Where is the intellectual heir to Henry Ford, the great entrepreneur and inventor? He hated unions but famously boosted his workers’ pay so they could afford to buy the cars they built.
There are far more jobs now assembling burgers than cars. And the people who run fast food chains are doing their best to ignore the growing calls for paying their workers more than starvation wages.
But it’s getting harder to swim against the rising tide of the Fight for 15 movement, which demands a living wage for fast food work.
Just ask McDonald’s USA President Jeff Stratton, who recently had to find some way to respond to Nancy Salgado. She’s the McDonald’s worker who barged into a fancy luncheon a few weeks ago to demand that he answer a burning question.
“Do you think this is fair that I have to be making $8.25 when I’ve been working at McDonald’s for 10 years?” the mother of two asked in a confrontation captured by a video that went viral. “I’ve been there 40 years,” was his irrelevant answer.
Life’s not going so swimmingly for the middle class either. We still do have one, but it’s shrinking as median income stagnates. While the rich have gotten richer and richer, a typical American household took home less money last year than it did in 1989.
And have you ever noticed that while the United States supposedly celebrates our workers on Labor Day in early September, the rest of the world does this on May 1?
This is either ironic or absurd, since May Day marks the anniversary of the bloody Haymarket clash in 1886. The ruckus began when labor activists in Chicago went on strike to press their then-radical demand for an eight-hour workday.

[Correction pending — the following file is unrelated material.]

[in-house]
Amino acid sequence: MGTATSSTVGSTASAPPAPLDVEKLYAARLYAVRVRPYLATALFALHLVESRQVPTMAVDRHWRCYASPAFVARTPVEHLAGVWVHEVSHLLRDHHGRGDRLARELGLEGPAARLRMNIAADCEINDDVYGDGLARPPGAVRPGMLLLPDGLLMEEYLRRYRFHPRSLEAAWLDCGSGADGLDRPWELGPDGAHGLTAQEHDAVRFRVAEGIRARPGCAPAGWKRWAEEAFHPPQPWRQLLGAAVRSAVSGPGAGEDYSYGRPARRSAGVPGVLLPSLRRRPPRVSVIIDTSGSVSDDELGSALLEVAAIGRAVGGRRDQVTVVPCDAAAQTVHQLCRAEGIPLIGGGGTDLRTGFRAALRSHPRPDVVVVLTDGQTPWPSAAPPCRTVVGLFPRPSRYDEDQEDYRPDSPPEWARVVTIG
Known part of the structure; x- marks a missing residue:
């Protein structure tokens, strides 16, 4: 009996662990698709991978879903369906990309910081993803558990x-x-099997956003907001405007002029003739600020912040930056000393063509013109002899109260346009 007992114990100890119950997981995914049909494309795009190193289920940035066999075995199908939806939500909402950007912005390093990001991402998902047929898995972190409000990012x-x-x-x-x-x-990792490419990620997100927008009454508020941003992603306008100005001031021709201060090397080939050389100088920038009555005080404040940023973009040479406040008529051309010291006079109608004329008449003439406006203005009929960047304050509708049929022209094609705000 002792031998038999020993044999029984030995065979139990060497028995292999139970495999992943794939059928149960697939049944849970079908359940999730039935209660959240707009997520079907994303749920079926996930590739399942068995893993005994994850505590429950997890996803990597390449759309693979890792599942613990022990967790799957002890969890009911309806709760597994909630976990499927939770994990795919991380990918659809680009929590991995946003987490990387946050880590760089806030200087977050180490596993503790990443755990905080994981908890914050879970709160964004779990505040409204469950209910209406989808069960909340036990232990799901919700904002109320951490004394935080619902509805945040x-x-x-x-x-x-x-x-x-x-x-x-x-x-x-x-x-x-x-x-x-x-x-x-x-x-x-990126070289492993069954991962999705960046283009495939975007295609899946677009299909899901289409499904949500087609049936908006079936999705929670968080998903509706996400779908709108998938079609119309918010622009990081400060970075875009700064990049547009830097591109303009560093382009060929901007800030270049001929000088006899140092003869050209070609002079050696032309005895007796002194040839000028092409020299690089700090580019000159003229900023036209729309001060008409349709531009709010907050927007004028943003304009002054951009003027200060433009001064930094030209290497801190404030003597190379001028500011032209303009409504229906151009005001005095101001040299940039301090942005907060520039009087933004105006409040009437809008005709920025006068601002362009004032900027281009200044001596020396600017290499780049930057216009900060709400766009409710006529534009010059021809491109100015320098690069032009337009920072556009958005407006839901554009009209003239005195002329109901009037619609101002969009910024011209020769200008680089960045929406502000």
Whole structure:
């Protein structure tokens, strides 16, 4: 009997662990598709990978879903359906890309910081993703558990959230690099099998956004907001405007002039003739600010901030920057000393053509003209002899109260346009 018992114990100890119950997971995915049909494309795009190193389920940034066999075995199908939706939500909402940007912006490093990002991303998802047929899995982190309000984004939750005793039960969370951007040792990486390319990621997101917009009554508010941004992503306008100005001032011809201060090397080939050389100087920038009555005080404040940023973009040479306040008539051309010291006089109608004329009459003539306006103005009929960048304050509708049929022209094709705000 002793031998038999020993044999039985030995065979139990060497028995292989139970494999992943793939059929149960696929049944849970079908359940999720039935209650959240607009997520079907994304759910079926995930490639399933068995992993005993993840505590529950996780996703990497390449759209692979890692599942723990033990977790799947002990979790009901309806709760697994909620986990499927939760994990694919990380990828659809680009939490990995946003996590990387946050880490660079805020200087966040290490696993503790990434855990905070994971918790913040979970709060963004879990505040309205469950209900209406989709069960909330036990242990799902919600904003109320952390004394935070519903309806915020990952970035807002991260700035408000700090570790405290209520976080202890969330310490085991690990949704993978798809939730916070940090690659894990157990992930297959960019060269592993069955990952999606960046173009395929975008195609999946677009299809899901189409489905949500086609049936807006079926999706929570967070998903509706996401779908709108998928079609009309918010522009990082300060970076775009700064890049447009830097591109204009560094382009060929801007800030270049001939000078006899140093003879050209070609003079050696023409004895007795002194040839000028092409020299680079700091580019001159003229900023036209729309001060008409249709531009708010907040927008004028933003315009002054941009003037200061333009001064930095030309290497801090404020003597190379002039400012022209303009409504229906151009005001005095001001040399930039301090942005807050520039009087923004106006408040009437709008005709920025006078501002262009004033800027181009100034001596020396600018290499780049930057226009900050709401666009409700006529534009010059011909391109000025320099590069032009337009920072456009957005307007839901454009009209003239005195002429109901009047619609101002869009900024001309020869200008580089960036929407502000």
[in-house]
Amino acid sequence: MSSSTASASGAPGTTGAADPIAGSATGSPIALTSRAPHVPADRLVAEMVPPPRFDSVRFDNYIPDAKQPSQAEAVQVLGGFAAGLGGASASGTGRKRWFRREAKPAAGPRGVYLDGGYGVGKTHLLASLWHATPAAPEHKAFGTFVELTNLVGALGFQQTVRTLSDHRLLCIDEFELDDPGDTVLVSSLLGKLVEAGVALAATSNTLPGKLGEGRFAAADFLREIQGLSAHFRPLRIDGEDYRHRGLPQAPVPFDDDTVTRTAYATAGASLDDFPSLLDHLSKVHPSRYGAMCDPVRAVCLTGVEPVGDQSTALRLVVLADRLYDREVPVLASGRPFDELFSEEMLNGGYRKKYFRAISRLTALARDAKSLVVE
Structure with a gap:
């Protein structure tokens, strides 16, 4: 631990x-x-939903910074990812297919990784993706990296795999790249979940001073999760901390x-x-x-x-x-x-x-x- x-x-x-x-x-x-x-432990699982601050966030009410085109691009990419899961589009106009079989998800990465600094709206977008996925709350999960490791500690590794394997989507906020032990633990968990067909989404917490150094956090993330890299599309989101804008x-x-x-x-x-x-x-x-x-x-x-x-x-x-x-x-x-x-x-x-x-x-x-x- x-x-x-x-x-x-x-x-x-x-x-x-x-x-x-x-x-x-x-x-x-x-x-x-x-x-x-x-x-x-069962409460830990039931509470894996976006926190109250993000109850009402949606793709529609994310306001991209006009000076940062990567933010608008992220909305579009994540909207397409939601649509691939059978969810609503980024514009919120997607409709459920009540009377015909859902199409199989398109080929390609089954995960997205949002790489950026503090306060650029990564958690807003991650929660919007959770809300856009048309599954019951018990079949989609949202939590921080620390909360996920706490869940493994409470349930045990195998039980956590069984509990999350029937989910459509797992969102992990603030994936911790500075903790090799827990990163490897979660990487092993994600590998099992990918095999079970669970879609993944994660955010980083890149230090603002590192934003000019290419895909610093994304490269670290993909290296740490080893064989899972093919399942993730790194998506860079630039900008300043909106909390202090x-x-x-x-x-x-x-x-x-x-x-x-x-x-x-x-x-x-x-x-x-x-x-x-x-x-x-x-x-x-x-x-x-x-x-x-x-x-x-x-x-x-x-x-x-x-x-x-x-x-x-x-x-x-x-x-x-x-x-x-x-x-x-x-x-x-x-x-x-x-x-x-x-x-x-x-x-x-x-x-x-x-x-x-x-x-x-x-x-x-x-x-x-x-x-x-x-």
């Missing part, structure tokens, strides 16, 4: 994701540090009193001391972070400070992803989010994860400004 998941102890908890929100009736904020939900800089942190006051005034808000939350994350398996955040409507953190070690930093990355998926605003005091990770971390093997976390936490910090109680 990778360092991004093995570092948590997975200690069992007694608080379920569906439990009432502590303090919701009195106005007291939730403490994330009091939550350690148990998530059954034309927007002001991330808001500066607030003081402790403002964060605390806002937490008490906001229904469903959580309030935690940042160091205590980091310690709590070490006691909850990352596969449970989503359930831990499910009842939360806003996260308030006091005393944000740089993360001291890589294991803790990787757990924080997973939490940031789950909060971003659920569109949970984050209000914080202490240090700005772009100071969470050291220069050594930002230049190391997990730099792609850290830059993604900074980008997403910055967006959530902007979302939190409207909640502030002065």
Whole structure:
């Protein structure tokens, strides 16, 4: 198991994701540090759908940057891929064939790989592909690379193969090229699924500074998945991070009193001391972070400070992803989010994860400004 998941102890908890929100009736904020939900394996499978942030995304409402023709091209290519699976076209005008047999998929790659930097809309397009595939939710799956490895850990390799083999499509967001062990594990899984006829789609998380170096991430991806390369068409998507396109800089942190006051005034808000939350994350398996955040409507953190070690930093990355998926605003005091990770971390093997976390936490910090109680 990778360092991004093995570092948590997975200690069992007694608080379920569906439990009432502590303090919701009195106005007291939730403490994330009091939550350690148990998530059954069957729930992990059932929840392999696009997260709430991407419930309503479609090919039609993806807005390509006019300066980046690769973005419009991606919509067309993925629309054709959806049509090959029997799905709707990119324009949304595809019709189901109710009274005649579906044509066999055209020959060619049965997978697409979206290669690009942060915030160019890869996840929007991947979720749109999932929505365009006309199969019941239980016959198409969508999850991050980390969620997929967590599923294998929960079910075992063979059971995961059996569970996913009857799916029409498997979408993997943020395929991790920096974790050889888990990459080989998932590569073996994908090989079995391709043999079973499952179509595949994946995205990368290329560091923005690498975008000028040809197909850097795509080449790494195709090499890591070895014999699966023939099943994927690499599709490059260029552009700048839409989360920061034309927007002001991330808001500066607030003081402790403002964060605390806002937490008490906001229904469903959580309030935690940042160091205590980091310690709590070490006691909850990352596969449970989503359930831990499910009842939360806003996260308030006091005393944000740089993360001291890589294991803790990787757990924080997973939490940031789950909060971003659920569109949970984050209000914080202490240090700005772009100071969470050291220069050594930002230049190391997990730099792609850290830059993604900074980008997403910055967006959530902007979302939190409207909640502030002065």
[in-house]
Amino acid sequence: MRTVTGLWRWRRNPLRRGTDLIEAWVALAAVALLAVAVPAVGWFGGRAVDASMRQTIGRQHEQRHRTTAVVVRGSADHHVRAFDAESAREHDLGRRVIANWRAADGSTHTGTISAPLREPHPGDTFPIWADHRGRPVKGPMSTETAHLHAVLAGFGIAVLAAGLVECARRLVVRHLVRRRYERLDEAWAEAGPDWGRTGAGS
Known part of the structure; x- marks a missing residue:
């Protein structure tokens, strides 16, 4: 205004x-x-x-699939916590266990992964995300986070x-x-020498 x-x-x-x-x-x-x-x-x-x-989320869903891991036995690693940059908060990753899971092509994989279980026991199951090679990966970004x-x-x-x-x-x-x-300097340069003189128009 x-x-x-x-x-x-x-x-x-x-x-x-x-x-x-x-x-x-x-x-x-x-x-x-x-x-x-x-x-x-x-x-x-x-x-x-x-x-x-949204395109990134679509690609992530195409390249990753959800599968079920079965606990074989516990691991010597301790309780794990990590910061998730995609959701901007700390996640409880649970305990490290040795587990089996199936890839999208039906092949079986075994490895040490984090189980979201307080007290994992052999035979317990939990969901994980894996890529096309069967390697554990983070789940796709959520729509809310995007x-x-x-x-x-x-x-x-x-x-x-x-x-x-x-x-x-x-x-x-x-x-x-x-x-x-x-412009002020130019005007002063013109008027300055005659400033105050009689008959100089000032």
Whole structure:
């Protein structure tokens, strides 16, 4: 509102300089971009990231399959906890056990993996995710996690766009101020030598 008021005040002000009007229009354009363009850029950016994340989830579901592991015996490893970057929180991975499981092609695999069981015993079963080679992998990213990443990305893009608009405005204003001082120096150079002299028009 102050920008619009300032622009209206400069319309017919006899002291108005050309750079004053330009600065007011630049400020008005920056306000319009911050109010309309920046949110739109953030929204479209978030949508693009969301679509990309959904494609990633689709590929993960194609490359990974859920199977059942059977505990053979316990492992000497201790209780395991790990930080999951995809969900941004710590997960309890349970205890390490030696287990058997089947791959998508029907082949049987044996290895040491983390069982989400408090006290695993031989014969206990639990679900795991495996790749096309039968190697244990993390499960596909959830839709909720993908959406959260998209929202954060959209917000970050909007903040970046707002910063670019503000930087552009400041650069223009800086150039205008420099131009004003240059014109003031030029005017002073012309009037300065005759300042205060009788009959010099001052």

This calendar conundrum was no accident. Bureaucrats and managers deliberately tried to keep our workers from sharing any global pangs of solidarity, lest they be tempted to make common cause across borders.
Labor organizing is more urgent than ever in this era of disappearing jobs, diminishing wages, contingent labor contracts, vanishing pensions, fading unions, hazardous work sites, unpaid overtime, booming part-time and temp growth, political attacks on Social Security veiled as “entitlement reform,” and an unsympathetic media.
The rich and comfortably employed have a stake in this too, because abusing workers hurts the economy. It’s a simple matter of supply and demand.
When workers’ wages are so low that they lack any discretionary income, they don’t buy much. Consumer spending evaporates.